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Jaguar XJ220 Concept | Where Did It All Go Wrong?

When Jaguar unveiled the XJ220 concept at the 1988 British international motor show, it blew everyone's socks off. The production version however, left many with cold feet

By Craig Toone

Images by Jaguar

aguar has often been the manufacturer of the world’s fastest production car - the XK120 and XK180 triumphantly boasted of their top speed in their title. The XKSS was a road-going Le Mans winner whilst the XJR-15 was cut from a similar cloth. When the XJ220 broke cover however, it looked like it was doing 220mph stood still, and dropped the jaws of everyone present. It even slackened ones as far away as Maranello and Stuttgart.


Jaguar was riding the high of its recent Le Mans victory and the confidence was reflected by the XJ220. It was a clean, slippery shape - a UFO with alloy wheels and a number plate - lacking any of the excesses that had come to define supercars from the likes of Ferrari & Lamborghini, yet managing to retain all the important signature cues - impossibly wide, obnoxiously long and lower than a snake's belly.


The spec sheet had the Italians covered too. Jaguar's famous V12 engine had been bored and stroked to 6,222cc, gifted with four valves per cylinder and double overhead camshafts, a dry sump and made extensive use of magnesium. No official output was declared but the rumour mill put it comfortably north of 700bhp, enough to give weight to the name.


Meanwhile, the body was crafted from aluminium whilst the chassis used know-how garnered from Le Mans garnished with four-wheel drive, four-wheel steering and active suspension & aerodynamics. Inside the XJ220 retained all the luxurious craftsmanship expected from a Jaguar with a full glass canopy, leather seats and climate control. Compared to a Ferrari F40 it was the QE2.

aguar has often been the manufacturer of the world’s fastest production car - the XK120 and XK180 triumphantly boasted of their top speed in their title. The XKSS was a road-going Le Mans winner whilst the XJR-15 was cut from a similar cloth. When the XJ220 broke cover however, it looked like it was doing 220mph stood still, and dropped the jaws of everyone present. It even slackened ones as far away as Maranello and Stuttgart.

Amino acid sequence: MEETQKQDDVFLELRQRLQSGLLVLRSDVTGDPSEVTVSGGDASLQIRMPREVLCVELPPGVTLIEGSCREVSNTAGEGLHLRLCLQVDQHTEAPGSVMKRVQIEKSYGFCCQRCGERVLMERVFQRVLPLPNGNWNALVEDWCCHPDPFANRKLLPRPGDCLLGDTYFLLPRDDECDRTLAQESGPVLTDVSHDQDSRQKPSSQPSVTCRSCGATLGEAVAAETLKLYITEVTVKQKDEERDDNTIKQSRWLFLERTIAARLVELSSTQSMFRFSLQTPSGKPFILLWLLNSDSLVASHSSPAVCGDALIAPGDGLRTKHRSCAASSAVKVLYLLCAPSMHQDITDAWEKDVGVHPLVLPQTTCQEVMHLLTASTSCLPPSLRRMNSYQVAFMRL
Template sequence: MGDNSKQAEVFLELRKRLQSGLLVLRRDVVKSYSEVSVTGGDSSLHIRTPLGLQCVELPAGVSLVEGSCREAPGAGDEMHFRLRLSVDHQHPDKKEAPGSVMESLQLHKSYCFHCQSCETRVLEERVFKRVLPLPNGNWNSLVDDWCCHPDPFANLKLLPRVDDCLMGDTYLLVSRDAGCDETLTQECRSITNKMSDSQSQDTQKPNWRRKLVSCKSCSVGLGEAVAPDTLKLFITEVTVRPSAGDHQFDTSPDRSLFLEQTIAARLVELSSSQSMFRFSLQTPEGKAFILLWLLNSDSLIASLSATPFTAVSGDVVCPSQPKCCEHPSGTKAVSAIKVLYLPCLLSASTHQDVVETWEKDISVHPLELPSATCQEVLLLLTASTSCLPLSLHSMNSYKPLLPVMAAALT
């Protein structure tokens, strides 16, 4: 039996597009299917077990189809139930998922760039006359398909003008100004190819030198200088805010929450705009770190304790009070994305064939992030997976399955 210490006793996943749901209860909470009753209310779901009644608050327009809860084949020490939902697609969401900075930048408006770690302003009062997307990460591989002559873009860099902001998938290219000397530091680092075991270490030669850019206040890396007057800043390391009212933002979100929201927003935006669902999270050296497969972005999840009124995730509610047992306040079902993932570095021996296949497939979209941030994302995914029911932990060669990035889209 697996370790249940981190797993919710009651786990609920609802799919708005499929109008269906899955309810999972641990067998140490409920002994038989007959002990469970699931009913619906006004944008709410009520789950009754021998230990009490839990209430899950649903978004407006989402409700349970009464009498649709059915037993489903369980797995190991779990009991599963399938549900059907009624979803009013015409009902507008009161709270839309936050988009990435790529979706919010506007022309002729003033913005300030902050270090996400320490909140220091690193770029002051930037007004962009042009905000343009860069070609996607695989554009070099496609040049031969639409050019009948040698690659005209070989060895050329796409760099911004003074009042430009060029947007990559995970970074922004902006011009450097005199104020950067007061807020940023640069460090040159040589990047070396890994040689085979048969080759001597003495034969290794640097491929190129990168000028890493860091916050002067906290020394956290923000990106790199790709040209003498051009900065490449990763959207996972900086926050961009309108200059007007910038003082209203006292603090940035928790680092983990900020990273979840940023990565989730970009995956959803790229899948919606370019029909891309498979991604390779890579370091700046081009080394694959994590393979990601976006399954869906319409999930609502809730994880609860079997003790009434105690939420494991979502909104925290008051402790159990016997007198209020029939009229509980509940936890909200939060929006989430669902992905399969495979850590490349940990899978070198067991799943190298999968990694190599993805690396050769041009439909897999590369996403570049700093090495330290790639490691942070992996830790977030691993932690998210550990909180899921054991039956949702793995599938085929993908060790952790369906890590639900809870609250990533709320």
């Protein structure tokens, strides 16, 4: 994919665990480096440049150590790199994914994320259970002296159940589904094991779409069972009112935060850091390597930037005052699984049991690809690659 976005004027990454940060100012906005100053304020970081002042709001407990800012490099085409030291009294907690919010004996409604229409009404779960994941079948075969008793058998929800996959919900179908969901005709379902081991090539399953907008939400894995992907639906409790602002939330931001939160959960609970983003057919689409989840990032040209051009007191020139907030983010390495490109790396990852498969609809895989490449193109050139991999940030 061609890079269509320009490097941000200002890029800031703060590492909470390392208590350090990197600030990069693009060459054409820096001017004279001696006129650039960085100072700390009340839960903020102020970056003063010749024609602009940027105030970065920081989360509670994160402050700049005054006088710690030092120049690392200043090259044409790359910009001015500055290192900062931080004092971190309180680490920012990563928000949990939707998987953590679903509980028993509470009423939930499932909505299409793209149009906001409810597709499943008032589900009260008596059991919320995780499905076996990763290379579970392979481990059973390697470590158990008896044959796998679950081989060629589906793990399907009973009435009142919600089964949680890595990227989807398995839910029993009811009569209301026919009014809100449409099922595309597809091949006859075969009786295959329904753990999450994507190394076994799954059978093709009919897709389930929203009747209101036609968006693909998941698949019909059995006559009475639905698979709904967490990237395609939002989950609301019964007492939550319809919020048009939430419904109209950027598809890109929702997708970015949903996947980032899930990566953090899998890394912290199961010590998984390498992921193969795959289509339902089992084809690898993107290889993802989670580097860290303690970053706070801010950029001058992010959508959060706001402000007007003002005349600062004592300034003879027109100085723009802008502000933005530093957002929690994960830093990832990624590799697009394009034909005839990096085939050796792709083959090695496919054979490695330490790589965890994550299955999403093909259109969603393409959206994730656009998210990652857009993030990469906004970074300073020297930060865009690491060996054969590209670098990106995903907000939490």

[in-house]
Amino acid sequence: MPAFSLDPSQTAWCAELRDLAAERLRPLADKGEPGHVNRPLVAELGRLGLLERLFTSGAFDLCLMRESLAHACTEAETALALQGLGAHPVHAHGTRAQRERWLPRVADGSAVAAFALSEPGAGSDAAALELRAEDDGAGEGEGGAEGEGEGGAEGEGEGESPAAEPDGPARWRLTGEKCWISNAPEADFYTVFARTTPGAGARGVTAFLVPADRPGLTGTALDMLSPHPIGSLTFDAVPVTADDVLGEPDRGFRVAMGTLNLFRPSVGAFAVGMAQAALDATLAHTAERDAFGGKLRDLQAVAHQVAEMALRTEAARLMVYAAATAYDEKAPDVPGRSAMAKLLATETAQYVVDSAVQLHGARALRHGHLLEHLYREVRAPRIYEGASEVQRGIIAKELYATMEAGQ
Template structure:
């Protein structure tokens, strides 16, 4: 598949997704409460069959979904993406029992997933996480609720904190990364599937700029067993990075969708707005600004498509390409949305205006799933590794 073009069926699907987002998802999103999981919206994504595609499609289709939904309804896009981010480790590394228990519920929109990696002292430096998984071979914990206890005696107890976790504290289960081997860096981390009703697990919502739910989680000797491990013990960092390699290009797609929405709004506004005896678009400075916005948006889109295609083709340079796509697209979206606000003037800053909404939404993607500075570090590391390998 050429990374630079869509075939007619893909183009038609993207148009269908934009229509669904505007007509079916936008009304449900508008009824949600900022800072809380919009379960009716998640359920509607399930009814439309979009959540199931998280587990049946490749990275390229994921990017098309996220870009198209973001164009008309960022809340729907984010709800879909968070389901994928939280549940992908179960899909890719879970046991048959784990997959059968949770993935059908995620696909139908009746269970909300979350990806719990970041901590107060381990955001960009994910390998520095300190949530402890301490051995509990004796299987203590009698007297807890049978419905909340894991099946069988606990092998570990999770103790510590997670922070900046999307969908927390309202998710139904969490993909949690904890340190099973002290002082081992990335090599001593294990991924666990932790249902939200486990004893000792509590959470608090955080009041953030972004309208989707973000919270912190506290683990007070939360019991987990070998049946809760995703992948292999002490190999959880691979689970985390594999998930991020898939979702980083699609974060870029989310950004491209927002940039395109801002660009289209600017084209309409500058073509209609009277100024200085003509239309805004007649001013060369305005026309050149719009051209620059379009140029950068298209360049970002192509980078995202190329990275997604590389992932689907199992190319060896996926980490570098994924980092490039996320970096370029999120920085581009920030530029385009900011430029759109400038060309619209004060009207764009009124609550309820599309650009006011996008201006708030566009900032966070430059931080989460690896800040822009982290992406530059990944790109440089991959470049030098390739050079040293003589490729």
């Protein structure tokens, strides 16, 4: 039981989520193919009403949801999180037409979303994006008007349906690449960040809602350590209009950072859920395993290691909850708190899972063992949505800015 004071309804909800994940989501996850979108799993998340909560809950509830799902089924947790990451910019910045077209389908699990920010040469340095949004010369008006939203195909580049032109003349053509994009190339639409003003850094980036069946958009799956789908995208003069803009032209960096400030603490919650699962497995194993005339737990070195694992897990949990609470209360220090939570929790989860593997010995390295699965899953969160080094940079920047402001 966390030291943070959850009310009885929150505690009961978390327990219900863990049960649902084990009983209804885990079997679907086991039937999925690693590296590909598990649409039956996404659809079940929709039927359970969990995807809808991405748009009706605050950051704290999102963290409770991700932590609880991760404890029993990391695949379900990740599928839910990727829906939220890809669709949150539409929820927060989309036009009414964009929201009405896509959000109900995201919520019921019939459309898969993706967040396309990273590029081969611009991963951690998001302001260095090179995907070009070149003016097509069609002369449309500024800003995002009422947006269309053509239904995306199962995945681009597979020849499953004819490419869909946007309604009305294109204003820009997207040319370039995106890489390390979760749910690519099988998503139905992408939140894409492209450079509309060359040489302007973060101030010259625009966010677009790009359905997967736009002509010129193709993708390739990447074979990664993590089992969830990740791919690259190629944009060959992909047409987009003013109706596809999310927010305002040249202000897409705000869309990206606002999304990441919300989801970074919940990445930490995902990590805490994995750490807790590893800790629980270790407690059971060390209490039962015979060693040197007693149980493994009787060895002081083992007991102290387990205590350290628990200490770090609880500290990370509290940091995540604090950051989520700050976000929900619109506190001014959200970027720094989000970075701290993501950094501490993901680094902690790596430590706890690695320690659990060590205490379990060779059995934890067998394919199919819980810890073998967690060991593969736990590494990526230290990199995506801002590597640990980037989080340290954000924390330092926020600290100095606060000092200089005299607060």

Jaguar was riding the high of its recent Le Mans victory and the confidence was reflected by the XJ220. It was a clean, slippery shape - a UFO with alloy wheels and a number plate - lacking any of the excesses that had come to define supercars from the likes of Ferrari & Lamborghini, yet managing to retain all the important signature cues - impossibly wide, obnoxiously long and lower than a snake's belly.


The spec sheet had the Italians covered too. Jaguar's famous V12 engine had been bored and stroked to 6,222cc, gifted with four valves per cylinder and double overhead camshafts, a dry sump and made extensive use of magnesium. No official output was declared but the rumour mill put it comfortably north of 700bhp, enough to give weight to the name.


Meanwhile, the body was crafted from aluminium whilst the chassis used know-how garnered from Le Mans garnished with four-wheel drive, four-wheel steering and active suspension & aerodynamics. Inside the XJ220 retained all the luxurious craftsmanship expected from a Jaguar with a full glass canopy, leather seats and climate control. Compared to a Ferrari F40 it was the QE2.

The concept XJ220 had never been intended for production; it was the brainchild of Director of Engineering Jim Randle. Over the Christmas holiday of 1987, he put together a 'CAD' model of a potential new supercar - not of the computer-aided variety as we know it, but cardboard. He pulled together a team of volunteers who worked on the project after hours, quickly designated “The Saturday Club”.


Two design studies were created, with the one sketched by Keith Helfet getting the nod for its futuristic aesthetic. In secret, the club eventually presented the mule to Jaguars Chairman, who immediately approved its unveiling. The concept was only finished 24hrs before its debut and the marketing department hadn’t even clocked eyes on it - not something you can imagine happening today unless you worked at BMW…


Reaction to the XJ220 was so overwhelming it was only a matter of time before the supercar became a production reality. A purported 1,500 deposits at £50,000 a pop had been secured off the back of the motor show, and after a feasibility study, the project was rubber-stamped in December 1988 with a proposed £290,000 list price.


Immediately the headaches began. Jaguar didn’t have the capacity to produce the XJ220 themselves, so they extended their partnership with Tom Walkinshaw Racing, the motorsport team running its Le Mans campaign. TWR was contracted to develop and then build the XJ220. Right away costs spiralled out of control and when the first production cars were delivered in June 1992, the price had almost doubled to an eye-watering £470,000.